A few trips to Eastern Europe later, and the closer I got to winter, the more excited I could sense the salmon fishermen becoming. I had infiltrated and immersed myself, and there was not a Facebook group dedicated to Baltic salmon that I wasn’t now part of (and feverishly google translating), and boy was it confusing. A completely different world to anything Norwegian, Scottish or Canadian that I’d ever read. And the more I read, the more I was confused. These fish were being caught (at least on the conventional pages) on almost Orion style swimming lures, in massive sizes and bright colours. How diverse could the ole sammining be?

The common work trips were frustratingly still outside the very narrow season, but would serve as tackle and material gathering expeditions. The act that 30 years later I can still be introduced to new materials (and of course techniques) is testament to how ridiculously diverse fly tying truly is. Finn Racoon, Tanuki, & Oppossum now joined the fray (don’t Google that middle one). On the tackle front, I’d start with an all-rounder in Scandi terms. A Vision custom DH. Needing a 6 piece severely limited my choices. At the bottom end, something more familiar. A Shilton Spey. Based off of the SL7, but with a solid spool for classic look and weight balance (critical over 14ft).

Time at home became time to practice casting, and although the ponds in my housing complex did help to some extent, its very difficult to practice any anchored cast without flowing water. The vaal would be my main training ground for the 3 casts I figured I would find most useful; Double Spey, Single spey & Scandi. The first two have distinct phases, and have (at least in my opinion) a wider margin for error or correction in-cast, and came first. The last, Scandi, is somewhere between black magic/roll casting/fishing a shooting head, and would only really click months after the spey casts for me.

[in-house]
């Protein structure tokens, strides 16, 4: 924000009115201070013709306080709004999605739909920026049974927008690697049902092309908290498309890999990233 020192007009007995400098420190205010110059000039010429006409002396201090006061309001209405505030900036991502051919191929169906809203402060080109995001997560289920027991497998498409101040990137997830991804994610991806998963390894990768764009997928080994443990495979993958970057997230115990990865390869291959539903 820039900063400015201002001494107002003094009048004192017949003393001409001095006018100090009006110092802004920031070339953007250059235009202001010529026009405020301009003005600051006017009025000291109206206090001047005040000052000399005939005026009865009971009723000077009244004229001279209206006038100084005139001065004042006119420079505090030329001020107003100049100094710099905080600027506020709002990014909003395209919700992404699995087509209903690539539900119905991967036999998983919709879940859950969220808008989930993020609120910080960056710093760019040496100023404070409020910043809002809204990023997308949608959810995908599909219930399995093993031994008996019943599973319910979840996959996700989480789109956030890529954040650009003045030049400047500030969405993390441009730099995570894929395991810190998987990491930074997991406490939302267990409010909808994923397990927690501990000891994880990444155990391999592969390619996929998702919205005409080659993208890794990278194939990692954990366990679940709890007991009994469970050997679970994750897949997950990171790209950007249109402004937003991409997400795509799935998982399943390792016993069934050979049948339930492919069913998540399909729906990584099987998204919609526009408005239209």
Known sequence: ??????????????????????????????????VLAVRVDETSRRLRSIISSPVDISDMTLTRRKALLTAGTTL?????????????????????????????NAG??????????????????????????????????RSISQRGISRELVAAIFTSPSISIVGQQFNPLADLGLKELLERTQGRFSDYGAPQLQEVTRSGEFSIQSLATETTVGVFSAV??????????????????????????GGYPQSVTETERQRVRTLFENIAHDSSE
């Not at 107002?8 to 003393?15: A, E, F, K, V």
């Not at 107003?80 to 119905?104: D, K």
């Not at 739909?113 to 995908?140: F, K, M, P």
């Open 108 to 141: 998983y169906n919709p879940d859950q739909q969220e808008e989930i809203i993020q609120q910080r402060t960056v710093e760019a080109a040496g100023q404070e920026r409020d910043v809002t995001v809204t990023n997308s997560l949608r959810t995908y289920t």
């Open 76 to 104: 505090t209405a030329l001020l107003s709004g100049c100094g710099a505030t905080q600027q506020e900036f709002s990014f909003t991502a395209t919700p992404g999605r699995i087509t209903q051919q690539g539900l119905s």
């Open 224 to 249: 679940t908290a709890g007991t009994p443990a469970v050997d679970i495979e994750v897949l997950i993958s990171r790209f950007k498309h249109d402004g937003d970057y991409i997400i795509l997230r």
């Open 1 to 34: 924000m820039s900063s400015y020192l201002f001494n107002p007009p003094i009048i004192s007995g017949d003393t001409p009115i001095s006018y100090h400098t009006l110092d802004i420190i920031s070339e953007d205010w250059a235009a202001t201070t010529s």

It was a humbling experience, and as much about unlearning single hand habits as it was about learning new ones. I can’t really give any advice other than watching as much instructional video and practicing as much as possible, and below are the videos that helped me most.

Single Spey:

Double Spey:


I must stress that, from am efficiency point of view, minutes on the river with an instructor (Ernestas in this case), yielded far more than hours of watching and hacking at the water solo. There is no substitute for first-hand instruction with something as subtle as this, and the results of in person instruction really made me consider getting single hand instruction as well.

My initial setup is as follows;
Rod: Vision Custom DH 14ft 9wt travel (6pc)
Reel: Shilton Spey
Line: Vision hybrid line with a floating and inter tip. These tips are 7.5 to 20ft in length and can cover almost any scenario. And trust me, you need that diversity.

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